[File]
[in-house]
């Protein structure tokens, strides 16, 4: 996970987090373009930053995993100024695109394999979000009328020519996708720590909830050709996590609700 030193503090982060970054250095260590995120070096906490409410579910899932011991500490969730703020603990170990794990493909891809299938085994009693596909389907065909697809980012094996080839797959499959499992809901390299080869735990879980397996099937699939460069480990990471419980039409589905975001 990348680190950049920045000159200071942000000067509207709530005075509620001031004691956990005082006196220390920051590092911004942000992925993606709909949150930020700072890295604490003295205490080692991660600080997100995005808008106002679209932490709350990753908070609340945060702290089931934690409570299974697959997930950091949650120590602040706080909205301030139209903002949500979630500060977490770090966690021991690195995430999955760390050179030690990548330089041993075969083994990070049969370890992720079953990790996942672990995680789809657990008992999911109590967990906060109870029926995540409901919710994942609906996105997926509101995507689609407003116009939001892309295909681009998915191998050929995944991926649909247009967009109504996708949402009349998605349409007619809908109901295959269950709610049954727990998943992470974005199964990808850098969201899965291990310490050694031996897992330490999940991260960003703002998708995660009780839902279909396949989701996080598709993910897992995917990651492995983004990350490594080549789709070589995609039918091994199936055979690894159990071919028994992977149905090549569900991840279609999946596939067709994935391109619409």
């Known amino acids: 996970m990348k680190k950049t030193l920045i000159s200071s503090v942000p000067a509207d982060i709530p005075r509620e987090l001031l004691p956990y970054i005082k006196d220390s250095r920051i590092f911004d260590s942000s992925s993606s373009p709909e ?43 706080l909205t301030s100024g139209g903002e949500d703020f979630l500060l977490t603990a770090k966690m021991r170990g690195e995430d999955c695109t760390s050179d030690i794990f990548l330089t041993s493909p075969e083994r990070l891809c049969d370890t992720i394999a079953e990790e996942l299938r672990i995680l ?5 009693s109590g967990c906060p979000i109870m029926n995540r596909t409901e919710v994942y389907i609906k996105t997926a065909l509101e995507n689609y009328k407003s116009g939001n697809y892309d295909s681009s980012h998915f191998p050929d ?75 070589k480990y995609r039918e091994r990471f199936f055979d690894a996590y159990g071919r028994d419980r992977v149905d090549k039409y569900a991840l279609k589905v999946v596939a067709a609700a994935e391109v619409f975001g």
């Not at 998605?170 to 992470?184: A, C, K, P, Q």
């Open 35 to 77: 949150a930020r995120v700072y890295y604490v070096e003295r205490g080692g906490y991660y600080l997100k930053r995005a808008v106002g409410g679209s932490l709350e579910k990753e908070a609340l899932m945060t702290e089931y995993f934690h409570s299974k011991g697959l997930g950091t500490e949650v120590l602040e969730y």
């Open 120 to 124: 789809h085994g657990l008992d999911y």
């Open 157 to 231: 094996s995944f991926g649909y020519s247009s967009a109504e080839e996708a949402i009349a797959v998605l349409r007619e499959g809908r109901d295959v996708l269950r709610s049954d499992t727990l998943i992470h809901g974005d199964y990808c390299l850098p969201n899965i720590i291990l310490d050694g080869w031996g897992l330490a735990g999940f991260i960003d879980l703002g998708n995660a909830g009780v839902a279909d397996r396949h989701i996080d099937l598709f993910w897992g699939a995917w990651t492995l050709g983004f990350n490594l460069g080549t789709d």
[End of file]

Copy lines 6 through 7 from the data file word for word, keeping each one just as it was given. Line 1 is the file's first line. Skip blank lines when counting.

């Open 120 to 124: 789809h085994g657990l008992d999911y």
């Open 157 to 231: 094996s995944f991926g649909y020519s247009s967009a109504e080839e996708a949402i009349a797959v998605l349409r007619e499959g809908r109901d295959v996708l269950r709610s049954d499992t727990l998943i992470h809901g974005d199964y990808c390299l850098p969201n899965i720590i291990l310490d050694g080869w031996g897992l330490a735990g999940f991260i960003d879980l703002g998708n995660a909830g009780v839902a279909d397996r396949h989701i996080d099937l598709f993910w897992g699939a995917w990651t492995l050709g983004f990350n490594l460069g080549t789709d």